Heaven can be spoken about by Christians in ways that can contribute to a misconception that it is a destination rather than a staging point.
There’s nothing wrong with acknowledging the blessing that awaits believers after death and before the return of Jesus.
But that acknowledgement should not cloud the fact that our ultimate hope is for a state of existence that is a greater blessing again.

Chad Bird writes

What happens when believers in Christ die? They go to a place called Paradise (Luke 23:43). They are with Christ (Phil. 1:23). Or, if you prefer, they go to heaven.
This is all well and good. Indeed, better than good! We are with our Lord. We are with the saints and angels. What could be better? Actually, there’s a whole lot that could be better. Much better. And it will be.
Why can I not wait to get out of heaven? Because heaven is not my everlasting home. It’s like that hotel room where I stay while on the way to my new, lovely, perfect home. Oh, yes, it’s the best hotel room ever. No argument there. It’s complete with angels and saints and Jesus.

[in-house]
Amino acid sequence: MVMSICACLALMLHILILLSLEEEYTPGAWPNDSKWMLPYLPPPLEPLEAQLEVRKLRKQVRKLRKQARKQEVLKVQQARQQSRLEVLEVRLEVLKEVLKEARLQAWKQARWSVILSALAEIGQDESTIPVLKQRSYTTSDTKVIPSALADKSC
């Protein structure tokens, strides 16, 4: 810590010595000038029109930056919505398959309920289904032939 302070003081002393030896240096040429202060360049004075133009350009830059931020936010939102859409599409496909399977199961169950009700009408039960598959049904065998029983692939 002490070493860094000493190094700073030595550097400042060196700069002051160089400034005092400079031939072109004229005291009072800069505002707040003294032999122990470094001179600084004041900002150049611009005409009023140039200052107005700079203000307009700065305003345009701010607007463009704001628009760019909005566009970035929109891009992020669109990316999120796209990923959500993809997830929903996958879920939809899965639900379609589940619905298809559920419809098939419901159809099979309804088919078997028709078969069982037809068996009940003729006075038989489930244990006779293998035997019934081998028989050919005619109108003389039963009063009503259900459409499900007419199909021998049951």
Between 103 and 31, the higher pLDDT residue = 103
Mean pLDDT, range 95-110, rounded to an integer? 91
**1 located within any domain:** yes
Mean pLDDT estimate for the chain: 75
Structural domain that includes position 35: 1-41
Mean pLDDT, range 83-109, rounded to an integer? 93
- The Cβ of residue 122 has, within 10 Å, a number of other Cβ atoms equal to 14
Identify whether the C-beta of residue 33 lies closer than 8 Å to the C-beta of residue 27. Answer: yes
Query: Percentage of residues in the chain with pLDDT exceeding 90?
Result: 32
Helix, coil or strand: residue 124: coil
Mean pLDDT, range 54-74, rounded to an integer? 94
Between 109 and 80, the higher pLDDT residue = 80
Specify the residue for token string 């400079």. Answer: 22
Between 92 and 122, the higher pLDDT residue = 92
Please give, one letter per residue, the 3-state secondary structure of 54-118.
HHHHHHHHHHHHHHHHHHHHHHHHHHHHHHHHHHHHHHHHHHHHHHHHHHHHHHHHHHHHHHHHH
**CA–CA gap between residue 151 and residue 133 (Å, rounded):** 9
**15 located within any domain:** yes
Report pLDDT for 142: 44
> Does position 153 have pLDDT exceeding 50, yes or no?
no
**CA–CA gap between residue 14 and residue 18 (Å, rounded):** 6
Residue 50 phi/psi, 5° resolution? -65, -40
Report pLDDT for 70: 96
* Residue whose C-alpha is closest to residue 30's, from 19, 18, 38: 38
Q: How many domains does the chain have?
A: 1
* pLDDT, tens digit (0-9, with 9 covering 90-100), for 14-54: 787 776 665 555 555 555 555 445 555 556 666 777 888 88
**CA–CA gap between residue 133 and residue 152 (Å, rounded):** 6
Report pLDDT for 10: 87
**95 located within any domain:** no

But, when the morning of the new creation dawns, I’ll pack my bags, leave my key at the front desk, and step down into the perfect earth with the perfect body that the Creator has provided for me. Won’t you join me? Let’s stand in our resurrected bodies beside the resurrected Christ and gaze upon the world of glory, the new Zion, come down out of heaven to earth.
Heaven is great, don’t me wrong. But the resurrection of the body and the life everlasting, living in the new earth as fully bodied humans, reflecting the glory of the fully bodied Messiah—that’s the goal. That’s the destination. That is our final home.
Home, for the Christian, is not the hotel room of heaven but the new earth of the resurrection.

Read the whole post at 1517.

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